The challenge and uniqueness of the sport industry is that many people want to be in it. It can attract people from different disciplines. Because of this demand and supply issue, usually, the entry-level compensation is not that high. This requires people to be patient, work excessively hard, and be willing, to some extent, to sacrifice in order to advance their careers. If you work hard, over time, opportunities will knock on your door. Often, young people don’t have that patience, and after a few years, they change their profession. Patience, persistence, and perseverance are the key. Intelligence and leadership are important as well.

Q: You are known for research in sport marketing-can you describe this?

In the past, the sport program or product was designed first, and then, people found a way to promote it. It’s a hit-or-miss strategy. Today, most sport products and services are market-driven. You need to understand the needs, wants and trends of the consumers before you design a program or product. Marketing is about providing direction for an organization and formulating a strategy.

What I do, and what many of my colleagues do, is examine the needs and wants of consumers from a variety of perspectives. How many people want the product? Why do they want it? Why might they not want certain services or programs? Why do fans come to games or why don’t they? What intrigues them?

Q: Was there anything that surprised you about the career?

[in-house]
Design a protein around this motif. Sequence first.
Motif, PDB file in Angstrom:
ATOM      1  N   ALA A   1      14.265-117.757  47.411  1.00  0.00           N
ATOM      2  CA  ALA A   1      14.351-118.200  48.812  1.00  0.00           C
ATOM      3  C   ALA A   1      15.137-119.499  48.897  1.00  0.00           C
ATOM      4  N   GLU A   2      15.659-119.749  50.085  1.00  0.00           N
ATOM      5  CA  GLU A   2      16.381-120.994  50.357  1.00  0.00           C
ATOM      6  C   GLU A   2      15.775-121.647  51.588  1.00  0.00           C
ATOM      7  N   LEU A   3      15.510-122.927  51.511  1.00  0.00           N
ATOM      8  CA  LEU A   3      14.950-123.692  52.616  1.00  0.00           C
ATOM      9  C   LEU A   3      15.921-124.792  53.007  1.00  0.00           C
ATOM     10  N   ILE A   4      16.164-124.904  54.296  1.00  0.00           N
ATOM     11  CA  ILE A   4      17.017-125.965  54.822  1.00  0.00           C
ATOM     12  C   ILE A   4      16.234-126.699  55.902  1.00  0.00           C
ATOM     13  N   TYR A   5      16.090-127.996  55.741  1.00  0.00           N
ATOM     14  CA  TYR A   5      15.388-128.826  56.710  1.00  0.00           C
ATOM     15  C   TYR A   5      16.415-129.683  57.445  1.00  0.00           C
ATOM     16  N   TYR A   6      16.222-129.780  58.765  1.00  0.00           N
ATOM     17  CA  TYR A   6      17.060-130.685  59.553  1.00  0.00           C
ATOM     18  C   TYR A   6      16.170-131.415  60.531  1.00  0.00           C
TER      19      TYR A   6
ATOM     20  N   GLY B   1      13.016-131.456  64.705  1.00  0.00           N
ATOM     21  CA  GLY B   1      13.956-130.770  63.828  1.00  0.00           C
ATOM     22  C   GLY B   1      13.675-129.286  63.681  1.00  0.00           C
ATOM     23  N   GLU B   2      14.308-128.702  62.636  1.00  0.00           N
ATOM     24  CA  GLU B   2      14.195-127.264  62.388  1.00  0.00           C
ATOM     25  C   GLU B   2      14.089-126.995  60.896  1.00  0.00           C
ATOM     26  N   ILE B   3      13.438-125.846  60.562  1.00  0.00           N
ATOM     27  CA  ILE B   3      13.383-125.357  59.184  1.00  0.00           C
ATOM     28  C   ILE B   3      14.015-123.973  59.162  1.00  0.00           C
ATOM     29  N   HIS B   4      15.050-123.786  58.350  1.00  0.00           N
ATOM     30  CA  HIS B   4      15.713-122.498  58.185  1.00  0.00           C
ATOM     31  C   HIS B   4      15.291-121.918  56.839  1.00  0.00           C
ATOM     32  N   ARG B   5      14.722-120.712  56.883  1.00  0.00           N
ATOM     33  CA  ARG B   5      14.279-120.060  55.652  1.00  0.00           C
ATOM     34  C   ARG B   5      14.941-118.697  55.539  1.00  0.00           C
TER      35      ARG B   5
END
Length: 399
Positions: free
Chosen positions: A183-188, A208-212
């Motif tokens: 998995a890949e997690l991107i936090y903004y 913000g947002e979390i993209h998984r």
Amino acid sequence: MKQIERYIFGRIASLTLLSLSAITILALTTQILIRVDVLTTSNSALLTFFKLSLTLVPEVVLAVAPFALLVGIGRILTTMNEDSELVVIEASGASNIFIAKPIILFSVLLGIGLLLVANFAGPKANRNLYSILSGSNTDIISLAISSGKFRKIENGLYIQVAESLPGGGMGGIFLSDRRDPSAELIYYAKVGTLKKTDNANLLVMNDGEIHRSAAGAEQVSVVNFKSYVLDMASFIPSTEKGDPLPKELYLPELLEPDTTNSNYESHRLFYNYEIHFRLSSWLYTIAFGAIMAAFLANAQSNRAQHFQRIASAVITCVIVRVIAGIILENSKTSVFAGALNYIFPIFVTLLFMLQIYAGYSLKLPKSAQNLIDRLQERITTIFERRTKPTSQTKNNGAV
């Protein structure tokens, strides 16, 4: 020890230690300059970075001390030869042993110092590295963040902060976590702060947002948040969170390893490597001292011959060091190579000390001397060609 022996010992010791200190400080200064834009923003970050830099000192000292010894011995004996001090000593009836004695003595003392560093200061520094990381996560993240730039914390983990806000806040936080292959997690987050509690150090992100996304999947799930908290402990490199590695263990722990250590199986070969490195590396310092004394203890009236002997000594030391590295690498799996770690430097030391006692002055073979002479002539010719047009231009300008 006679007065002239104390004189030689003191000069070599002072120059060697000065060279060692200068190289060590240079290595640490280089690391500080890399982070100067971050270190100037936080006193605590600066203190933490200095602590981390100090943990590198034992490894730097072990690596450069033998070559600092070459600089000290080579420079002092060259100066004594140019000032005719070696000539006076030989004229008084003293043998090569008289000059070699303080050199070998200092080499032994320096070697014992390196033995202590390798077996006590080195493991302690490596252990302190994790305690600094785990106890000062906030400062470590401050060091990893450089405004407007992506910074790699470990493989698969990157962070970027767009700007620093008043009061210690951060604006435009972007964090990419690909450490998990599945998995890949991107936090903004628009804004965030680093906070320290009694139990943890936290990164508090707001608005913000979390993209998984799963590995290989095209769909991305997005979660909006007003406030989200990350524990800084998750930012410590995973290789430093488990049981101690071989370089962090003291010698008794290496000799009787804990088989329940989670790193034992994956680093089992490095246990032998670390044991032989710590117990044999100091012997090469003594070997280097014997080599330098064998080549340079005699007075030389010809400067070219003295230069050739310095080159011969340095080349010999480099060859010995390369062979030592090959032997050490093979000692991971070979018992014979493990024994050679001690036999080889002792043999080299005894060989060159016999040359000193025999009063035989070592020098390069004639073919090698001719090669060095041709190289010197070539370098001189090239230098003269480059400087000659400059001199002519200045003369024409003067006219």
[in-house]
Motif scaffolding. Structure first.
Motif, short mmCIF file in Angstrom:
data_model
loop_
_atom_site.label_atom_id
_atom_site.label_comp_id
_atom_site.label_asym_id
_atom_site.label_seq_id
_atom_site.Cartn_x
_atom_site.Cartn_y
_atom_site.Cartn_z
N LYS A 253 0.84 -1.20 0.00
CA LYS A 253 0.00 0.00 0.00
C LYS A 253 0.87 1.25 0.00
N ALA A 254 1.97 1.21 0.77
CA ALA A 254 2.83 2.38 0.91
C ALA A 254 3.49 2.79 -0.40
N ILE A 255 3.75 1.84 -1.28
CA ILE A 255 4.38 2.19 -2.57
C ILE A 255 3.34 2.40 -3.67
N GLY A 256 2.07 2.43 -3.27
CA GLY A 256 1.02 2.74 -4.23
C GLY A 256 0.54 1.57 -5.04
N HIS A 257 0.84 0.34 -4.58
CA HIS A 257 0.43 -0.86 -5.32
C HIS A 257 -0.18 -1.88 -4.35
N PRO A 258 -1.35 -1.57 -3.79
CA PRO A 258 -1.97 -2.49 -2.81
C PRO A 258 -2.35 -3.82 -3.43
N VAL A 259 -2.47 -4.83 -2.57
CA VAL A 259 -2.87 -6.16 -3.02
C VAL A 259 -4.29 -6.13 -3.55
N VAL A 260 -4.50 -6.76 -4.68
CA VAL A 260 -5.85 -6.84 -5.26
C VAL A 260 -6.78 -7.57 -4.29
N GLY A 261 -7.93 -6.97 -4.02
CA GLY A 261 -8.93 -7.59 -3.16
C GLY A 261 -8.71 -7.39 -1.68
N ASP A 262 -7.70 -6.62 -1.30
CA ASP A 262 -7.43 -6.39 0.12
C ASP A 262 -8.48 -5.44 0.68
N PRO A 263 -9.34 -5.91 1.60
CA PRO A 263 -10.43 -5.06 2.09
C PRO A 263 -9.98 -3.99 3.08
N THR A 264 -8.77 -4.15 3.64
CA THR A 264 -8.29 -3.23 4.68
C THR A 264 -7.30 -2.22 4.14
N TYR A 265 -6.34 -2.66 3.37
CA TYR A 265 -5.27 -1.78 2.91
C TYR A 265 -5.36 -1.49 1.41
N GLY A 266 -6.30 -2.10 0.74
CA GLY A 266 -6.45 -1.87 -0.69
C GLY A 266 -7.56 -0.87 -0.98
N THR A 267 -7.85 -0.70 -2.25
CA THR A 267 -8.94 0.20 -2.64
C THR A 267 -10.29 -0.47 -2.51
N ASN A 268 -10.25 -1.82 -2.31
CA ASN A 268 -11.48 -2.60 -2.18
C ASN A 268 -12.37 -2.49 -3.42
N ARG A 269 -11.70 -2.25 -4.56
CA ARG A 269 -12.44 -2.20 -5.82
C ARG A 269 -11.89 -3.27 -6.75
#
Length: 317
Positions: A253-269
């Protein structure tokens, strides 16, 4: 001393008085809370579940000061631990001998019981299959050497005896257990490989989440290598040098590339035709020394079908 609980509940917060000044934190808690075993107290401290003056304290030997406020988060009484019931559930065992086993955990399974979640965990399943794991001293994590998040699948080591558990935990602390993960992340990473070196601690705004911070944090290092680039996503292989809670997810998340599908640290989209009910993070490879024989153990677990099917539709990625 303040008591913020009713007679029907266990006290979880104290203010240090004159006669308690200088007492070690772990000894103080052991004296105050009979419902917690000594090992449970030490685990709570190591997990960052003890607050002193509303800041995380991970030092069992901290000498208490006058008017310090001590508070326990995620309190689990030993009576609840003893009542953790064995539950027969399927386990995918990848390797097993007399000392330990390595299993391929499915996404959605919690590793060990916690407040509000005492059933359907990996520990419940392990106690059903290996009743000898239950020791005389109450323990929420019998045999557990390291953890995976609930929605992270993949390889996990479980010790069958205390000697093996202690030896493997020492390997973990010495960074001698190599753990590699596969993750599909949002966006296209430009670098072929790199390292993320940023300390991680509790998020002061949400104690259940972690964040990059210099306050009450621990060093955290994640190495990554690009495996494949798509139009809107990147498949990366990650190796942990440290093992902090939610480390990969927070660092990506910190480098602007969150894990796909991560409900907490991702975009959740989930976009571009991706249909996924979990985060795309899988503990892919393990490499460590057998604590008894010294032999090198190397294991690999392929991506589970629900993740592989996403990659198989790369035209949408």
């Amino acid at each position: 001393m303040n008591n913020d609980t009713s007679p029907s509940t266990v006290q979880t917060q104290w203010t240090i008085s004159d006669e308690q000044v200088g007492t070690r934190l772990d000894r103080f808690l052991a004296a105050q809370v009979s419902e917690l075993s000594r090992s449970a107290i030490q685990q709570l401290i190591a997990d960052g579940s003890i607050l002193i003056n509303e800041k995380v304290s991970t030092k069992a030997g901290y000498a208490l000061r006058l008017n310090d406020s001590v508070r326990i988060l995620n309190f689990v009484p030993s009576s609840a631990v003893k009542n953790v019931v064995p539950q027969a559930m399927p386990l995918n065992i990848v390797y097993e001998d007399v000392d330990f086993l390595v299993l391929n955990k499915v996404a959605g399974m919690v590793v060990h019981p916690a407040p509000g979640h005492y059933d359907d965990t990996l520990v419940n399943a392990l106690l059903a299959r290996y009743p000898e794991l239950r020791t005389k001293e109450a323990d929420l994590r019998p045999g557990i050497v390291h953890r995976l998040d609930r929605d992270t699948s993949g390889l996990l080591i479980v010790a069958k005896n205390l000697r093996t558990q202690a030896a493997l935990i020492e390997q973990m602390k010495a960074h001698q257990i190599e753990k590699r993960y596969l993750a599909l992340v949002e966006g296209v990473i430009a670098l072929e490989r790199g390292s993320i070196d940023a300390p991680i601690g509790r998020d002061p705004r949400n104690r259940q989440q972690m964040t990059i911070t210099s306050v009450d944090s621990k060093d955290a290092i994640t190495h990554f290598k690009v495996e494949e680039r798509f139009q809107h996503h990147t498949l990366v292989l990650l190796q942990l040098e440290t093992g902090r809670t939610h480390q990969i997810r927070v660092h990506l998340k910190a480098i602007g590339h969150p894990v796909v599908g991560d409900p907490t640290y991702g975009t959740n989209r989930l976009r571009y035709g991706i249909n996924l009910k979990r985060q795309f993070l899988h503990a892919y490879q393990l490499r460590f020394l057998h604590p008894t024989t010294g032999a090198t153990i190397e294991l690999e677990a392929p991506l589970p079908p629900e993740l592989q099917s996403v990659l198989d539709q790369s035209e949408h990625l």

As a young guy, I left China. I was interested in management, but I didn’t really have a clue what marketing was. I never realized its relevance. I’m pleasantly surprised to be doing what I’m doing. Marketing is intriguing and continues to amaze and motivate me. If you work hard in the sport industry, the difficulties will help you grow better and stronger and achieve more.

Q: How has the sport industry changed recently?

The sport industry is changing rapidly. When society changes, the sport industry changes too. For instance, IT advancement is now in every part of human life and every part of the sport industry. It advances the sport industry. Also, globalization is inevitable, and that creates opportunities as well as challenges.

In addition, the world of women’s sports is phenomenal. Not just in the U.S., but in many other countries as well, women’s sports are growing. If you go to China, women’s sports are promoted. Female athletes still do not receive pay checks as large as those of male athletes, but their salaries are growing. There are so many other things changing too.

Q: What do you see as the future of the career?

Environmental concerns are a major element of today’s mega sports events. At the University of Florida our football stadium has “gone green” in terms of its energy use and disposal of trash. In addition, sports are being used more to address social issues and spur community development. For example, I use after school sports to encourage schools to deal with some of the social problems present in American youth. Greater participation in sports can be used as a social agent.

Q: Can you tell us a little bit about NASSM, and how it can help students interested in the field?

We have a very well developed website. The website provides basic information about the discipline. We also have an industrial relations committee, standing committees, and student committees with which students can get involved. They can come to conferences and meet with other students. It’s also an opportunity to mingle with faculty members from other schools and interact with people in the industry. The NASSM can help them make connections. We also have a listserv, which students should join. A lot of information and employment opportunities are posted there. Students should take every step to get involved in the industry, gradually increasing involvement and connections. They can put their knowledge in perspective and open doors.

Q: Any other particular recommendations for aspiring sport managers?

Just keep learning. We have to be students of the industry for the rest of our lives.